Health con­cerns around flies

The Manica Post - - Local News - Dr Zuze

FLIES are not only a nui­sance; they also pose se­ri­ous health con­cerns and are re­spon­si­ble for spread­ing mul­ti­ple killer dis­eases.

House­flies mainly spread in­fec­tious dis­eases caused by bac­te­ria, viruses, pro­to­zoa and even worms.

There are over 100 dis­ease caus­ing or­gan­isms as­so­ci­ated with flies and in most in­stances the fly acts only as a car­rier.

Diar­rhoeal dis­eases are some of the more com­mon in­fec­tions spread by house­flies. This in­cludes bac­te­ria such as E. coli, Shigella and campy­lobac­ter. These bac­te­ria are found in the stool of peo­ple with these ill­nesses.

Some of the dis­eases spread by house flies in­clude an­thrax, cholera, con­junc­tivi­tis, diph­the­ria, dysen­tery, food poi­son­ing, lep­rosy, tra­choma, ty­phoid fever and tu­ber­cu­lo­sis.

The house­fly spreads dis­ease through sev­eral routes. It is at­tracted to food by its sense of smell. It can­not eat solid food so it vom­its on solid food to make a so­lu­tion which it then sucks up.

Adult flies de­light in spu­tum, fae­ces, dis­charges from wounds and open sores. Mostly, dis­ease caus­ing or­gan­isms are spread on its body, through its mouth parts or through its vomit or fae­ces as the rest­less fly moves be­tween food and filth. House­flies also feed in­dis­crim­i­nately on a wide range of or­ganic mat­ter, from fae­ces to food (fruits, veg­eta­bles and meat). It is through this con­tact with the item it is feed­ing upon and even di­rect con­tact with peo­ple that dis­ease caus­ing agents are ac­quired and passed on.

Some­times just a few mi­cro-or­gan­isms are re­quired to cause se­ri­ous dis­ease. The con­tam­i­nated mat­ter con­tain­ing these or­gan­isms, and even just the or­gan­is­mit­self that are ac­quired from one source may ad­here to the fly or be passed out in its vom­i­tus and fae­ces.

The con­tam­i­nated mat­ter and mi­crobes are then passed onto food once the fly lands and feeds on it. The sit­u­a­tion is fur­ther wors­ened if the food is not re­frig­er­ated al­low­ing the mi­crobes to mul­ti­ply be­fore the food is eaten.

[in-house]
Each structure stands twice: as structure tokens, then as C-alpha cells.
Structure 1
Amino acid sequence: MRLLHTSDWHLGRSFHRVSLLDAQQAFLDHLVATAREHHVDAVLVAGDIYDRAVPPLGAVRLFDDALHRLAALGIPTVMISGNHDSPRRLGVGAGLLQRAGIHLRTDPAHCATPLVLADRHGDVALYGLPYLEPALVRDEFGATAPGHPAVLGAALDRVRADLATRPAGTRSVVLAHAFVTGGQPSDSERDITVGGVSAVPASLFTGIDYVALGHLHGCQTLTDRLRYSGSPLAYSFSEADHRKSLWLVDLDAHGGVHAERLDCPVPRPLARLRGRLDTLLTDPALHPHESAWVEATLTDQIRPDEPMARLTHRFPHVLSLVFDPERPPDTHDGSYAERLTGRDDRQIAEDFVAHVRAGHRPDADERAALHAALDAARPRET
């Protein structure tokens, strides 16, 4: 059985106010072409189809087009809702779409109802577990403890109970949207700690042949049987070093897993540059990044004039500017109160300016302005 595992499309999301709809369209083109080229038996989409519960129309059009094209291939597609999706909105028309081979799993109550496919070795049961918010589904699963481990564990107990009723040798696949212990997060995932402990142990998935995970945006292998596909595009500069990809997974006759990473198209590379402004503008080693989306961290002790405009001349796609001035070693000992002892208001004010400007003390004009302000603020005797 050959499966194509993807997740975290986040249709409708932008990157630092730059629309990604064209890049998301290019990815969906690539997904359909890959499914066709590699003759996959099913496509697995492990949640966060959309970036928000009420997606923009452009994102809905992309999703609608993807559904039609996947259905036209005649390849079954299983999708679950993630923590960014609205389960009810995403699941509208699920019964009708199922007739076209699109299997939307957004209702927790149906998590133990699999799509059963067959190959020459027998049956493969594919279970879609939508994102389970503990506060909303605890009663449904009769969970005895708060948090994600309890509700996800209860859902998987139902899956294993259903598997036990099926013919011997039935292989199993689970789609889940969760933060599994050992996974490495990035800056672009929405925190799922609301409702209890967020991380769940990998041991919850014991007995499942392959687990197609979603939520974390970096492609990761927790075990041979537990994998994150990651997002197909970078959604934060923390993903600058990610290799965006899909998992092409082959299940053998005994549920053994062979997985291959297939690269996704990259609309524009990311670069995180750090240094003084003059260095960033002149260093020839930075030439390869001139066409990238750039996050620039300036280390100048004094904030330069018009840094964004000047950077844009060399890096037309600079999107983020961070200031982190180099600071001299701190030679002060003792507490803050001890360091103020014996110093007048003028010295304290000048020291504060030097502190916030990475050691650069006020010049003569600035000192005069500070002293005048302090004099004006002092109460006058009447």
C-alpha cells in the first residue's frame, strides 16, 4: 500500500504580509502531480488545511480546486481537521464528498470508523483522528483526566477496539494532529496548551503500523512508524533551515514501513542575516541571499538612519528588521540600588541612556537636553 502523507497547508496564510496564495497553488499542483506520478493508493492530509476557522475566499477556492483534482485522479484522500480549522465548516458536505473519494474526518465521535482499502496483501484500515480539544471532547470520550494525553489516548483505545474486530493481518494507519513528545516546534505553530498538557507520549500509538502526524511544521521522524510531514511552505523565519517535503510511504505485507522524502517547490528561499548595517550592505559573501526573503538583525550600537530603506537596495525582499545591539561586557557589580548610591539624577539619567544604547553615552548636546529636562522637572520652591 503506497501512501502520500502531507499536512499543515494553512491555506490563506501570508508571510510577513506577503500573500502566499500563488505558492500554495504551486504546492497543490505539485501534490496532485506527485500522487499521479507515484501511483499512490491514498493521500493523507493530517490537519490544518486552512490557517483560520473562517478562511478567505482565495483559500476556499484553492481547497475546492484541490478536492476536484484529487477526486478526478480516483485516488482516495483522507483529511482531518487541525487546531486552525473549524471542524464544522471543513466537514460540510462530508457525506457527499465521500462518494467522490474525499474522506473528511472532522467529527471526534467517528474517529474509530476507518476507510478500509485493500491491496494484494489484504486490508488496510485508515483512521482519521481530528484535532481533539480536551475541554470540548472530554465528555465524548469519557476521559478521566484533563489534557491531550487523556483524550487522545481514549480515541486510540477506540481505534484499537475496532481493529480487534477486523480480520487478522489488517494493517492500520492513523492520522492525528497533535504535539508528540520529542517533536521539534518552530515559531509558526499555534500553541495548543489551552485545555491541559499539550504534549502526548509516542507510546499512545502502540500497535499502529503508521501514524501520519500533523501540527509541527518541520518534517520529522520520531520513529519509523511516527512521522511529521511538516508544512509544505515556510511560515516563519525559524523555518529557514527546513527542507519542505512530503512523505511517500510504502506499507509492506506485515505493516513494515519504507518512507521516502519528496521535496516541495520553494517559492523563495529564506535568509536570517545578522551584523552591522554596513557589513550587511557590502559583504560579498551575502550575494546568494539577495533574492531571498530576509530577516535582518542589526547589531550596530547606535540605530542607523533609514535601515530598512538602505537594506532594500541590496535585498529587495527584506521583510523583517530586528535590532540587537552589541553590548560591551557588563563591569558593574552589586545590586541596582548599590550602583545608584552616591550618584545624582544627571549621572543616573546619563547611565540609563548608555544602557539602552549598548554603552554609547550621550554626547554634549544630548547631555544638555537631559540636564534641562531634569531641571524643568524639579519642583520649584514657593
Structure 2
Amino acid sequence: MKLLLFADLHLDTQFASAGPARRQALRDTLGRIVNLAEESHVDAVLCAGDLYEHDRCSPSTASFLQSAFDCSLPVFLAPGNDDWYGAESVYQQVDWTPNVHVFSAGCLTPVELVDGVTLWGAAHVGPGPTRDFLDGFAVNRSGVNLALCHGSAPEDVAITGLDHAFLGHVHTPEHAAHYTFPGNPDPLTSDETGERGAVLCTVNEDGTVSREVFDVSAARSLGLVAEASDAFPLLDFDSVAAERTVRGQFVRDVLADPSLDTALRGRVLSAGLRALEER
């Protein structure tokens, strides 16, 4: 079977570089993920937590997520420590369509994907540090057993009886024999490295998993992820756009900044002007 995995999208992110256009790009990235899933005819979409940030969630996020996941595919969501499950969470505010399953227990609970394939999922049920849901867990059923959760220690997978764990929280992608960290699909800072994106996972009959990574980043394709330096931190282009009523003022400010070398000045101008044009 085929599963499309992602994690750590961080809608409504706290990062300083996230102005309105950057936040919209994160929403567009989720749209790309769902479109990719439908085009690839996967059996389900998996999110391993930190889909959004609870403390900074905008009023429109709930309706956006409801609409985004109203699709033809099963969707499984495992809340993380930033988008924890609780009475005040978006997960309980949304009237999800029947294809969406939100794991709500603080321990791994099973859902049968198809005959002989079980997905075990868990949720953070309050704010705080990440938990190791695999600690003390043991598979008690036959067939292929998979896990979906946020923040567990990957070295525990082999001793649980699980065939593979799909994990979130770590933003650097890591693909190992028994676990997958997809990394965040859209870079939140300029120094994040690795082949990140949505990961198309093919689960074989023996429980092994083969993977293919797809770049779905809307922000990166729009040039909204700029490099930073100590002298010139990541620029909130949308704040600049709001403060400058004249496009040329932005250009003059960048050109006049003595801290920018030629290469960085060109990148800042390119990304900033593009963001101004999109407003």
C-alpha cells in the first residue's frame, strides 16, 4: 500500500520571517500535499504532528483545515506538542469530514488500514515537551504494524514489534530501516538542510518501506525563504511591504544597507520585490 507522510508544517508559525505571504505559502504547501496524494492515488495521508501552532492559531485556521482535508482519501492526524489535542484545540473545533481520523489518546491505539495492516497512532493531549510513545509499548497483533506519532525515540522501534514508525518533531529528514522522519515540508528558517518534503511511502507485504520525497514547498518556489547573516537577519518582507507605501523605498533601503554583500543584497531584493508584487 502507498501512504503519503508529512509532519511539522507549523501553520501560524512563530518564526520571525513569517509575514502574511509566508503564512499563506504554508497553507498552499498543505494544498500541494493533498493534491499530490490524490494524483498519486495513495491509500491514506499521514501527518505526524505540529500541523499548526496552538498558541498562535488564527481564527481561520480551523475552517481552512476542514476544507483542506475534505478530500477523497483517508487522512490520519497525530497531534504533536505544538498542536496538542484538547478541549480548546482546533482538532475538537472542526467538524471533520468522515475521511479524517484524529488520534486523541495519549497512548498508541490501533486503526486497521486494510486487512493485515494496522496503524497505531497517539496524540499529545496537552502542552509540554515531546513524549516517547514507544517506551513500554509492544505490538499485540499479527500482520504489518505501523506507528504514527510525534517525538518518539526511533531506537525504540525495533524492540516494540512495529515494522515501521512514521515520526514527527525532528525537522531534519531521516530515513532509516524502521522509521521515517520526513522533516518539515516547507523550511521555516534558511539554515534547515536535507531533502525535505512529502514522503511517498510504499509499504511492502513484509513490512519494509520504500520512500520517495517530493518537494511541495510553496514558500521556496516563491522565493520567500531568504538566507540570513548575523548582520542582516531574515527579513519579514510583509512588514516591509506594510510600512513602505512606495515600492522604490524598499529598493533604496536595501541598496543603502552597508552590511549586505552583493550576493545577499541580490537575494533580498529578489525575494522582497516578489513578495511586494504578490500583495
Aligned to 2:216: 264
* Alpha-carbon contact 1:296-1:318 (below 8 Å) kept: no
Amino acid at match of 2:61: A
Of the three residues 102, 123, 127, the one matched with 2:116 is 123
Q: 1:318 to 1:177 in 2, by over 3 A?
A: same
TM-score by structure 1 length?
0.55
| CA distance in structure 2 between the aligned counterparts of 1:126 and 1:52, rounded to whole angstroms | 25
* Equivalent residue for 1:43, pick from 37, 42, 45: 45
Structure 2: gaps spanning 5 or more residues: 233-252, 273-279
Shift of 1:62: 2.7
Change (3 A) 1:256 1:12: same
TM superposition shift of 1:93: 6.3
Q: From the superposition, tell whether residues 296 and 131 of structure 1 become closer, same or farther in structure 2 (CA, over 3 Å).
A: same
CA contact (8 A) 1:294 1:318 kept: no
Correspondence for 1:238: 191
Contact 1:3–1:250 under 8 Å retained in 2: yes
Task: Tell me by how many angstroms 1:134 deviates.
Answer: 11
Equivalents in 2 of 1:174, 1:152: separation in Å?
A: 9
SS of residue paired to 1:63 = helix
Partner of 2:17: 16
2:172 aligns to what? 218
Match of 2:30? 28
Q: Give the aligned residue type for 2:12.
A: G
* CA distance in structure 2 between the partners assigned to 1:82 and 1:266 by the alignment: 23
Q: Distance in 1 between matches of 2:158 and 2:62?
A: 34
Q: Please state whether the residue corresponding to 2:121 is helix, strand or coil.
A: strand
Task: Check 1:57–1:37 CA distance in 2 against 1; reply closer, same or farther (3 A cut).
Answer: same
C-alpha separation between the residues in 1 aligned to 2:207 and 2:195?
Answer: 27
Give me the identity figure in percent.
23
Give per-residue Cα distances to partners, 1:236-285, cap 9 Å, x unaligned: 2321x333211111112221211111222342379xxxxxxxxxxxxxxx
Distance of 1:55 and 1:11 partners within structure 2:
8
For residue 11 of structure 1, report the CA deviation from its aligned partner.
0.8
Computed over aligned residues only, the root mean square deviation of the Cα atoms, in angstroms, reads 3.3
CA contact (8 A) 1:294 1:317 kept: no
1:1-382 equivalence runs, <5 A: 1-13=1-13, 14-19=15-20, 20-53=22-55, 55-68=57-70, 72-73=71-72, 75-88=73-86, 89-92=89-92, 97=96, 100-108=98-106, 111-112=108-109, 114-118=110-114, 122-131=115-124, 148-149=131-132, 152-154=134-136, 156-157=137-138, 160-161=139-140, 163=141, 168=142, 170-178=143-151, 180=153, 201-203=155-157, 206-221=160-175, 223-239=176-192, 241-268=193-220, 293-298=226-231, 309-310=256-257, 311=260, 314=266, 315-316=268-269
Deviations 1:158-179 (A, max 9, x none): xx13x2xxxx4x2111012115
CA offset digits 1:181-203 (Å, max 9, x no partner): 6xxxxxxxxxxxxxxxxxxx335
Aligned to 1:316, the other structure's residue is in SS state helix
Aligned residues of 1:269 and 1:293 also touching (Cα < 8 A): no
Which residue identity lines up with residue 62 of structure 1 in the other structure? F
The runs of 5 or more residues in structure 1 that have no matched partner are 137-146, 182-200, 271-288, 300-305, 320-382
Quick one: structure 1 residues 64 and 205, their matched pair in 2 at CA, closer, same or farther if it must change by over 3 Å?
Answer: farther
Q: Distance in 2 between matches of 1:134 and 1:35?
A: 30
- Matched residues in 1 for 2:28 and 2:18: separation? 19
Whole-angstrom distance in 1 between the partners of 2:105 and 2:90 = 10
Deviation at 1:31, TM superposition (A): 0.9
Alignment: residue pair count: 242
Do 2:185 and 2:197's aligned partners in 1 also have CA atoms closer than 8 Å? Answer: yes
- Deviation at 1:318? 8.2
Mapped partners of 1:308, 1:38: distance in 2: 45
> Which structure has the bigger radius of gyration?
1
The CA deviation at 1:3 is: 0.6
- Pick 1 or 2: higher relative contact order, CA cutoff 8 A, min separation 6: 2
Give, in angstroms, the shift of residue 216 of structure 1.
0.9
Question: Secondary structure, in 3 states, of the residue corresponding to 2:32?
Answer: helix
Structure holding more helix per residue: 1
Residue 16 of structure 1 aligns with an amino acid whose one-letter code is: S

Sim­ple mea­sures in and around the home can pre­vent flies from caus­ing se­ri­ous dis­eases. Proper waste dis­posal elim­i­nates fly breed­ing sites and also lim­its con­tact be­tween flies and dis­ease caus­ing or­gan­isms. Dis­pose of soiled adult and baby di­a­pers prop­erly. Con­sider al­ter­na­tives for com­post heaps which are good fly breed­ing sites. Open wounds, sores and in­fected eyes can serve as sources of in­fec­tion. Cover food items dur­ing prepa­ra­tion and be­fore eat­ing.

House flies can­not be com­pletely erad­i­cated. Even the best ef­forts in the home will usu­ally just re­duce the fly pop­u­la­tion which can quickly re­turn. In or­der to pre­vent dis­eases, the fly’s con­tact with peo­ple, food and eat­ing uten­sils should there­fore be pre­vented or in­ter­rupted.

Self-clos­ing doors and screens over doors and win­dows are very ef­fec­tive in pre­vent­ing flies from en­ter­ing the home.

Even elec­tric fans blow­ing air over a door­way can im­pede flies from en­ter­ing the home.

When these mea­sures are un­able to stop flies en­tirely, then aerosol sprays and fly traps may be al­ter­na­tives. In­sec­ti­cide sprays kill some flies and re­pel oth­ers.

Fly traps will at­tract flies more than food does in the home and even­tu­ally kill them. A clean house with clean sur­round­ings is the best an­swer to the fly prob­lem.

So re­mem­ber, these flies are ac­tu­ally deadly killers which we need to be wary of.

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